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Legal Entity Identifier

Frequently Asked Questions

Frequently Asked Questions

The Legal Entity Identifier (LEI) is a 20-digit, alphanumeric code that connects to key reference information that enables clear and unique identification of companies participating in global financial markets. The LEI is based on the ISO standard 17442 developed by the International Organization for Standardization.

The Global Legal Entity Identifier (LEI) System is a federated system including Local Operating Units (LOUs) under contract to the Global Legal Entity Identifier Foundation (GLEIF), end users accessing the LEI Repository via an open data license, and other partners collaborating with or supporting GLEIF through an individual agreement. The LEI Regulatory Oversight Committee carries out the regulatory oversight of the Global LEI System.

Established by the Financial Stability Board in June 2014, GLEIF is a not-for-profit organization created to support the implementation and use of the Legal Entity Identifier (LEI). GLEIF is headquartered in Basel, Switzerland. GLEIF services ensure the operational integrity of the Global LEI System. GLEIF also makes available the technical infrastructure to provide, via an open data license, access to the full global LEI repository free of charge to users. GLEIF is supervised by the LEI Regulatory Oversight Committee, which is made up of representatives of public authorities from across the globe.

The Legal Entity Identifier (LEI) connects to key reference information that enables clear and unique identification of legal entities participating in financial transactions.  The information available with the legal entity reference data to date is referred to as ‘Level 1’ data. It provides the answer to the question of ‘who is who’. ‘Level 2’ data complement the existing ‘Level 1’ legal entity reference data and answers the question of ‘who owns whom’.

You will have two options in regards to the direct and ultimate parent data. You can choose to not disclose your parent information, in which case you will be required to provide an "Exception Reason" as to why you are not providing parent information.

Exception reasons include:

Natural Persons There is no parent according to the definition used, because the entity is controlled by natural person(s) without any intermediate legal entity meeting the definition of accounting consolidating parent.
Non Consolidating There is no parent according to the definition used, because the entity is controlled by legal entities not subject to preparing consolidated financial statements.
No Known Person There is no parent according to the definition used, because there is no known person controlling the entity (e.g., diversified shareholding).
Legal Obstacles Obstacles in the laws or regulations of a jurisdiction prevent providing or publishing this information. AJPES is not expected to verify or analyze whether the legal framework constitutes a legal obstacle.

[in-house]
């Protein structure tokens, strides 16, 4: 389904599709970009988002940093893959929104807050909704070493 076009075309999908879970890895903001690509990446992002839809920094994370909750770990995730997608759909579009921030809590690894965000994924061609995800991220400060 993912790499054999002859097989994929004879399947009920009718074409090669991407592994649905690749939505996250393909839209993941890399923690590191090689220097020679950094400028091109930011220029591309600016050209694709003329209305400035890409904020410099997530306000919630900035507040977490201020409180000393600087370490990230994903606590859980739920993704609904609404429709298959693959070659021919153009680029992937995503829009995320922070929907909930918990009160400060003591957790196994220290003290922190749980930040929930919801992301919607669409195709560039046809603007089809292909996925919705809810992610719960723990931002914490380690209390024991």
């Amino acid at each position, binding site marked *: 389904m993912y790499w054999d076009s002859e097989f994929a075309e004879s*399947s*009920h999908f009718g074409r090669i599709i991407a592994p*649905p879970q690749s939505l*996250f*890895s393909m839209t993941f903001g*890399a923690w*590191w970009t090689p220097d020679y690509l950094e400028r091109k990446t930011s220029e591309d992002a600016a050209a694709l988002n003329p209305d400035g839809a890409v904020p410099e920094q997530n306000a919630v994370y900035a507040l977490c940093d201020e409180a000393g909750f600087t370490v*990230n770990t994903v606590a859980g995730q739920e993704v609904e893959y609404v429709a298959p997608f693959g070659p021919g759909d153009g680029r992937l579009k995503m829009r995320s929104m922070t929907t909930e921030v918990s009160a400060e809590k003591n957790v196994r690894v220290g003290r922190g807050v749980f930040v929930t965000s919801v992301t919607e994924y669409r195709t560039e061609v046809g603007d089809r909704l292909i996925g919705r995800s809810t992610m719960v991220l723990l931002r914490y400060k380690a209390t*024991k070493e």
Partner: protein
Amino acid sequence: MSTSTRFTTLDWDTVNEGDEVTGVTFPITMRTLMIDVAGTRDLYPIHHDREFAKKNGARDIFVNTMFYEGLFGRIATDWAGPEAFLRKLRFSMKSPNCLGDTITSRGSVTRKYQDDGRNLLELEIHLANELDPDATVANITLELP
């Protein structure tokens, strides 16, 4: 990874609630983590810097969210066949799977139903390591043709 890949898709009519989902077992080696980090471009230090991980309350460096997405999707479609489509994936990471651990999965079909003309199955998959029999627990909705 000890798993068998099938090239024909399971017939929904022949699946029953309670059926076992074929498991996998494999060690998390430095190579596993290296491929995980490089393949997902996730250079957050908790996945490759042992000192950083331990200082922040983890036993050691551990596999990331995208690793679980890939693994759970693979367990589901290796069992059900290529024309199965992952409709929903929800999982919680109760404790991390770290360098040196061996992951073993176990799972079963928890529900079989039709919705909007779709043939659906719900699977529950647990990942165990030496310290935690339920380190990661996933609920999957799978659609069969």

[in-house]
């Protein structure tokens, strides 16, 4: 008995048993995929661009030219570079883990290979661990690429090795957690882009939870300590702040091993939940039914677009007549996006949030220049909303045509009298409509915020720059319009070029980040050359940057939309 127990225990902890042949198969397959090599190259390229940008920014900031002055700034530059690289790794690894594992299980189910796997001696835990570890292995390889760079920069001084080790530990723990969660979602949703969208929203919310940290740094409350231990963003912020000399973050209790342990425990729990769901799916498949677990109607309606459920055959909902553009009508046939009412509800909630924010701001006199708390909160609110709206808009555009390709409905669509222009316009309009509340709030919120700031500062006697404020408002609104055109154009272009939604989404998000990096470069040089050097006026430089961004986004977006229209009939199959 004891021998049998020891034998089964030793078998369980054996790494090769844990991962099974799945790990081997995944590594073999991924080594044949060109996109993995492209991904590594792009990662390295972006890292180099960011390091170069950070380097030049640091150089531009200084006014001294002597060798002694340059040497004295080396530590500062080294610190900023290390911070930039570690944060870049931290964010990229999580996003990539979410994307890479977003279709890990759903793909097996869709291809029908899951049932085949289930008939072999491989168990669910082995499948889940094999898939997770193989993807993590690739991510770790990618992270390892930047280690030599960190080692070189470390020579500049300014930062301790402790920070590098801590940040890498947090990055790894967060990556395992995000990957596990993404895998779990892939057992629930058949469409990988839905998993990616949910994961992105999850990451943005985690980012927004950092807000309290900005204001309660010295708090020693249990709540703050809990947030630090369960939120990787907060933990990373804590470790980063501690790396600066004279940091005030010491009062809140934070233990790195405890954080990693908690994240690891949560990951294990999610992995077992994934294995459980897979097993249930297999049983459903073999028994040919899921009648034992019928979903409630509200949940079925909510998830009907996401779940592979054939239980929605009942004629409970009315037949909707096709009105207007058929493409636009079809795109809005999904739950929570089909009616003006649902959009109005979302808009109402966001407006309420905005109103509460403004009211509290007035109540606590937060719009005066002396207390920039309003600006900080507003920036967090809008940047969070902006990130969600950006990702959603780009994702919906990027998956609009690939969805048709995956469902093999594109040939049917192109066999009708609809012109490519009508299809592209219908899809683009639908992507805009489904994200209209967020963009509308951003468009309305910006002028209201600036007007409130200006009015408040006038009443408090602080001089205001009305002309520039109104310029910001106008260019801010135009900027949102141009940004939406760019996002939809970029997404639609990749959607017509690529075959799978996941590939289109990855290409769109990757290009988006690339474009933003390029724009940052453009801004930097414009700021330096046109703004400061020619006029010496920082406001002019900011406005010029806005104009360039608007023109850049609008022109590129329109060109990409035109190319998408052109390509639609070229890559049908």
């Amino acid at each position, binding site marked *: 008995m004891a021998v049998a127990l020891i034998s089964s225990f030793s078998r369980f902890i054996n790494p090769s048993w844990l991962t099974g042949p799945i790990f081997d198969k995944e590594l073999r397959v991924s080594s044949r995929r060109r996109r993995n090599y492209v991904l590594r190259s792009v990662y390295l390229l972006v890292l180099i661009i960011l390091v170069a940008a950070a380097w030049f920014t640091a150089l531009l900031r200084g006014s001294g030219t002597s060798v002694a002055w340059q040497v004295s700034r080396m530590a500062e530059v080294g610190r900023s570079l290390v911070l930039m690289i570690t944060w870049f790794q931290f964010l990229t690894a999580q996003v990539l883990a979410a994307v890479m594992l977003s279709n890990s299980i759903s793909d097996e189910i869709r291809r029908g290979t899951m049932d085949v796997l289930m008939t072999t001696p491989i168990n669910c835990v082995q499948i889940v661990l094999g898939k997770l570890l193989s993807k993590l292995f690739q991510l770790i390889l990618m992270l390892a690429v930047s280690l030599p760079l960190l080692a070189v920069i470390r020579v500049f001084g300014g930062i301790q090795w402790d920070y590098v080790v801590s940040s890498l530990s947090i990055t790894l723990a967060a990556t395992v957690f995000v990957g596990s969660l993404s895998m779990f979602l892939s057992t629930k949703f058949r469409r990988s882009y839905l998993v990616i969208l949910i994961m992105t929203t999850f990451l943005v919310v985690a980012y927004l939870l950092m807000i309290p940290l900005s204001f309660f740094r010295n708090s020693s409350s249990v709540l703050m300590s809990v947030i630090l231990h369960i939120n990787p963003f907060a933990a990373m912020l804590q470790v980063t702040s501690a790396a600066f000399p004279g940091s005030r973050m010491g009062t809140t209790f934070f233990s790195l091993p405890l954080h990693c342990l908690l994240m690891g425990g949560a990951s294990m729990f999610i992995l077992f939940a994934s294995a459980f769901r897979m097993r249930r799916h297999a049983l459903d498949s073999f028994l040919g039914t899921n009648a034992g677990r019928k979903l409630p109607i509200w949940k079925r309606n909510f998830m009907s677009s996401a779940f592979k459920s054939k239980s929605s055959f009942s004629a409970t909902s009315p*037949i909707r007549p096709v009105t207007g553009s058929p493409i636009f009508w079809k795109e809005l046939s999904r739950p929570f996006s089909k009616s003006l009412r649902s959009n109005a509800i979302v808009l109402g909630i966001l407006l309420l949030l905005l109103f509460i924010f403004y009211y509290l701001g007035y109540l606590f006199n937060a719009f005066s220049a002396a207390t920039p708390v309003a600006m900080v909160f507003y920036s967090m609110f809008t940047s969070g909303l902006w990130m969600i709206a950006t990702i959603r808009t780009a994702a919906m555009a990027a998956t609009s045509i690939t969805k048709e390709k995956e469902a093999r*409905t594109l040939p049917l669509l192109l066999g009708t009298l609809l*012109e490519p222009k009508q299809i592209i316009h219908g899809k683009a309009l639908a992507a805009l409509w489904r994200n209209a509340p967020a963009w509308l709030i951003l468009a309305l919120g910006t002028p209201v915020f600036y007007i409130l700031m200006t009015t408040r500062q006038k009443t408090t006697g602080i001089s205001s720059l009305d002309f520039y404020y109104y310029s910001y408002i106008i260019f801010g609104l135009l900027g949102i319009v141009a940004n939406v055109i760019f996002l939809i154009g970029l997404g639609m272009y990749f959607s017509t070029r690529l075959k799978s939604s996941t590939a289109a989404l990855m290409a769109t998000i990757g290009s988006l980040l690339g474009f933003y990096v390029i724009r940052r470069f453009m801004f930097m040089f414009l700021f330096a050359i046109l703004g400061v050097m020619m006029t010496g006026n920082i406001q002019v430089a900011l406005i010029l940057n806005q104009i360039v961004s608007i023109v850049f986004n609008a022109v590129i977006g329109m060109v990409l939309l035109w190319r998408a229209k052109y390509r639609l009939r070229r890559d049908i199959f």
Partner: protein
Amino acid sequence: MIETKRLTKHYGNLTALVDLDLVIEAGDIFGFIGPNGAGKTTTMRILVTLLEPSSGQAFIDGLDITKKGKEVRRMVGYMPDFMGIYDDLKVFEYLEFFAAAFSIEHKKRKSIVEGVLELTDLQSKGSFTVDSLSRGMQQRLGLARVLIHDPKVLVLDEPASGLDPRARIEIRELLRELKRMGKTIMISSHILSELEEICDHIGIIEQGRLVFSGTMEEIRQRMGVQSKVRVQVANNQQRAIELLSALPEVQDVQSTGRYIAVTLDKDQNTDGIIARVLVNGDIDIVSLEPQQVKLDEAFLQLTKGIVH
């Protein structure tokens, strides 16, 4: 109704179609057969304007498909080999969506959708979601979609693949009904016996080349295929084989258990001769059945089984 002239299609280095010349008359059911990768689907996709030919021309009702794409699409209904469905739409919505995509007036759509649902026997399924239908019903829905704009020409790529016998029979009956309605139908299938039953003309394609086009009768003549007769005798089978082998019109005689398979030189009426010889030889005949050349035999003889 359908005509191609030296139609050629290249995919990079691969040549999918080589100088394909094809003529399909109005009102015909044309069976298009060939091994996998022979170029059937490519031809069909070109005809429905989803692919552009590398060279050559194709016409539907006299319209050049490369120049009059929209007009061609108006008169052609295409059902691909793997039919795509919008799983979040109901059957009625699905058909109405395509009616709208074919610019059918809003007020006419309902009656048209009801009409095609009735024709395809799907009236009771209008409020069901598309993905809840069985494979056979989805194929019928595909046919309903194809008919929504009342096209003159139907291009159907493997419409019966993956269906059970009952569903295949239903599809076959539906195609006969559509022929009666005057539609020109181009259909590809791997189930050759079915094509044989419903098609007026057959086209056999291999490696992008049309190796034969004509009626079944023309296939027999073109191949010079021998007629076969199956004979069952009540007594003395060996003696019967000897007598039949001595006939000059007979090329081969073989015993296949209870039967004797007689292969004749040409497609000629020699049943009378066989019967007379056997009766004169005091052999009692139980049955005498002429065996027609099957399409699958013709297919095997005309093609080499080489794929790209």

Consent Not Obtained Obstacles in the laws or regulations of a jurisdiction prevent providing or publishing this information: “the consent of the parent was necessary under the applicable legal framework and the parent did not consent or could not be contacted”. AJPES is not expected to verify or analyze whether the legal framework constitutes a legal obstacle.
Binding Legal Commitments Binding legal commitments (other than the laws or regulations of a jurisdiction), such as articles governing the legal entity or a contract, prevent providing or publishing this information. AJPES is not expected to verify or analyze whether the legal framework constitutes a legal obstacle.
Detriment not Excluded The child entity has sought to consult the parent entity about the reporting of the parent information to the GLEIS but could not confirm the absence of detriment in a way that can appropriately prevent liability risks for the child entity (or those acting on its behalf) under the applicable legal framework. The disclosure of this information would be detrimental to the legal entity or the relevant parent. This will include reasons generally accepted by public authorities in similar circumstances, based on a declaration by the entity.
Disclosure Detrimental The disclosure of this information would be detrimental to the legal entity or the relevant parent. This will include reasons generally accepted by public authorities in similar circumstances, based on a declaration by the entity.

If you choose to Disclose the parent of your entity, you will be required to select whether the parent has an LEI or does not have an LEI.

There are both an initial registration fee and an annual maintenance fee.

Legal Entity Identifier (LEI) issuers – also referred to as Local Operating Units (LOUs) – as AJPES, supply registration, renewal and other services, and act as the primary interface for legal entities wishing to obtain an LEI.




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